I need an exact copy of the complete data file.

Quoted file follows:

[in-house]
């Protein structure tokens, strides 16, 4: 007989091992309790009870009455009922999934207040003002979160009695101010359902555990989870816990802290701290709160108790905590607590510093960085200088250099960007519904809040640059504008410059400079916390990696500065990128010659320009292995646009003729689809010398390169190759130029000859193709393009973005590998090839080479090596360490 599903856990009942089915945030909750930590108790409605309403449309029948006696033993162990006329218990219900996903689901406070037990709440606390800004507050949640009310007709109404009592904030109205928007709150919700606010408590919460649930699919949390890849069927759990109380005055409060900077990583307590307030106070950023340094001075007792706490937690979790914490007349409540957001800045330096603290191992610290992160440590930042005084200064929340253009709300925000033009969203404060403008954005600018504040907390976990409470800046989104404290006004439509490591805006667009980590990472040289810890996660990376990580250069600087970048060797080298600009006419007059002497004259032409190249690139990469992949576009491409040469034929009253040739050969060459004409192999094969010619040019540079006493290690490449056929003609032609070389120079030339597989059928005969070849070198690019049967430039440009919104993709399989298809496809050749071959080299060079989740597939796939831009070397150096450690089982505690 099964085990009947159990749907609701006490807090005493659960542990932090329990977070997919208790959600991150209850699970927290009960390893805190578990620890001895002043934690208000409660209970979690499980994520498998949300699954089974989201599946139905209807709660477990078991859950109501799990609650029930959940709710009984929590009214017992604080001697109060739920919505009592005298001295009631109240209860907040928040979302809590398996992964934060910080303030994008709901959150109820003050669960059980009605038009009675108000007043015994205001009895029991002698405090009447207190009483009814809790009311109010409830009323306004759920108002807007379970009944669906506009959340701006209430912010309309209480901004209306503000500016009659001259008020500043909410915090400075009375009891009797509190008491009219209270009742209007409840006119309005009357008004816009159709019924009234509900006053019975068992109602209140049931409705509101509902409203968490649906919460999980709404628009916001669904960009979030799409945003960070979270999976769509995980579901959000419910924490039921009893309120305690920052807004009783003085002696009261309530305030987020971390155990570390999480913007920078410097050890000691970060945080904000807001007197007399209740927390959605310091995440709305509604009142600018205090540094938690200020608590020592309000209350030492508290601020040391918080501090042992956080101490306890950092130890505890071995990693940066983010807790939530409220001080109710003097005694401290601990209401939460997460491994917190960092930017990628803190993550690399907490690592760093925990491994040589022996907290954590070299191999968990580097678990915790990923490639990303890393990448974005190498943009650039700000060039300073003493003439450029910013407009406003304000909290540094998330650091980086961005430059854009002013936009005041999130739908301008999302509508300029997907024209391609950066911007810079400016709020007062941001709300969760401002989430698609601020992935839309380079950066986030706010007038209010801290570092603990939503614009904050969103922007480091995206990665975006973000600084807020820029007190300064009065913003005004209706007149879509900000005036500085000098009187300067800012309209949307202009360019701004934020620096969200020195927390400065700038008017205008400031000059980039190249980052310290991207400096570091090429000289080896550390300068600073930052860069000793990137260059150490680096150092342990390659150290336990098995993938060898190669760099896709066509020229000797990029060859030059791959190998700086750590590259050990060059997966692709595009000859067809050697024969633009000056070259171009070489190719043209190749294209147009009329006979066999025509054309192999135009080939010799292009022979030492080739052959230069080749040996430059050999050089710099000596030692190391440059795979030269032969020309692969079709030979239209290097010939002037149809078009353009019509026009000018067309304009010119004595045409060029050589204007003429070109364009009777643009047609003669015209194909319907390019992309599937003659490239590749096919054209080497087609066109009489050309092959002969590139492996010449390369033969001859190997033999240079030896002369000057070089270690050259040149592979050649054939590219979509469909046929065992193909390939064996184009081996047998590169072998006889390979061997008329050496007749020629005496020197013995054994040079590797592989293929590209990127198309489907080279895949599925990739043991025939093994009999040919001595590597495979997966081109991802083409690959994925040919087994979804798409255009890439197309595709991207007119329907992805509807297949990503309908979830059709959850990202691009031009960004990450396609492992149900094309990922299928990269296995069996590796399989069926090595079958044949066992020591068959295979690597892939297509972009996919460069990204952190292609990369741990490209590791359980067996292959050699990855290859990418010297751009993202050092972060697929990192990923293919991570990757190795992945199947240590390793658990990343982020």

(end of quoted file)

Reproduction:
[in-house]
């Protein structure tokens, strides 16, 4: 007989091992309790009870009455009922999934207040003002979160009695101010359902555990989870816990802290701290709160108790905590607590510093960085200088250099960007519904809040640059504008410059400079916390990696500065990128010659320009292995646009003729689809010398390169190759130029000859193709393009973005590998090839080479090596360490 599903856990009942089915945030909750930590108790409605309403449309029948006696033993162990006329218990219900996903689901406070037990709440606390800004507050949640009310007709109404009592904030109205928007709150919700606010408590919460649930699919949390890849069927759990109380005055409060900077990583307590307030106070950023340094001075007792706490937690979790914490007349409540957001800045330096603290191992610290992160440590930042005084200064929340253009709300925000033009969203404060403008954005600018504040907390976990409470800046989104404290006004439509490591805006667009980590990472040289810890996660990376990580250069600087970048060797080298600009006419007059002497004259032409190249690139990469992949576009491409040469034929009253040739050969060459004409192999094969010619040019540079006493290690490449056929003609032609070389120079030339597989059928005969070849070198690019049967430039440009919104993709399989298809496809050749071959080299060079989740597939796939831009070397150096450690089982505690 099964085990009947159990749907609701006490807090005493659960542990932090329990977070997919208790959600991150209850699970927290009960390893805190578990620890001895002043934690208000409660209970979690499980994520498998949300699954089974989201599946139905209807709660477990078991859950109501799990609650029930959940709710009984929590009214017992604080001697109060739920919505009592005298001295009631109240209860907040928040979302809590398996992964934060910080303030994008709901959150109820003050669960059980009605038009009675108000007043015994205001009895029991002698405090009447207190009483009814809790009311109010409830009323306004759920108002807007379970009944669906506009959340701006209430912010309309209480901004209306503000500016009659001259008020500043909410915090400075009375009891009797509190008491009219209270009742209007409840006119309005009357008004816009159709019924009234509900006053019975068992109602209140049931409705509101509902409203968490649906919460999980709404628009916001669904960009979030799409945003960070979270999976769509995980579901959000419910924490039921009893309120305690920052807004009783003085002696009261309530305030987020971390155990570390999480913007920078410097050890000691970060945080904000807001007197007399209740927390959605310091995440709305509604009142600018205090540094938690200020608590020592309000209350030492508290601020040391918080501090042992956080101490306890950092130890505890071995990693940066983010807790939530409220001080109710003097005694401290601990209401939460997460491994917190960092930017990628803190993550690399907490690592760093925990491994040589022996907290954590070299191999968990580097678990915790990923490639990303890393990448974005190498943009650039700000060039300073003493003439450029910013407009406003304000909290540094998330650091980086961005430059854009002013936009005041999130739908301008999302509508300029997907024209391609950066911007810079400016709020007062941001709300969760401002989430698609601020992935839309380079950066986030706010007038209010801290570092603990939503614009904050969103922007480091995206990665975006973000600084807020820029007190300064009065913003005004209706007149879509900000005036500085000098009187300067800012309209949307202009360019701004934020620096969200020195927390400065700038008017205008400031000059980039190249980052310290991207400096570091090429000289080896550390300068600073930052860069000793990137260059150490680096150092342990390659150290336990098995993938060898190669760099896709066509020229000797990029060859030059791959190998700086750590590259050990060059997966692709595009000859067809050697024969633009000056070259171009070489190719043209190749294209147009009329006979066999025509054309192999135009080939010799292009022979030492080739052959230069080749040996430059050999050089710099000596030692190391440059795979030269032969020309692969079709030979239209290097010939002037149809078009353009019509026009000018067309304009010119004595045409060029050589204007003429070109364009009777643009047609003669015209194909319907390019992309599937003659490239590749096919054209080497087609066109009489050309092959002969590139492996010449390369033969001859190997033999240079030896002369000057070089270690050259040149592979050649054939590219979509469909046929065992193909390939064996184009081996047998590169072998006889390979061997008329050496007749020629005496020197013995054994040079590797592989293929590209990127198309489907080279895949599925990739043991025939093994009999040919001595590597495979997966081109991802083409690959994925040919087994979804798409255009890439197309595709991207007119329907992805509807297949990503309908979830059709959850990202691009031009960004990450396609492992149900094309990922299928990269296995069996590796399989069926090595079958044949066992020591068959295979690597892939297509972009996919460069990204952190292609990369741990490209590791359980067996292959050699990855290859990418010297751009993202050092972060697929990192990923293919991570990757190795992945199947240590390793658990990343982020």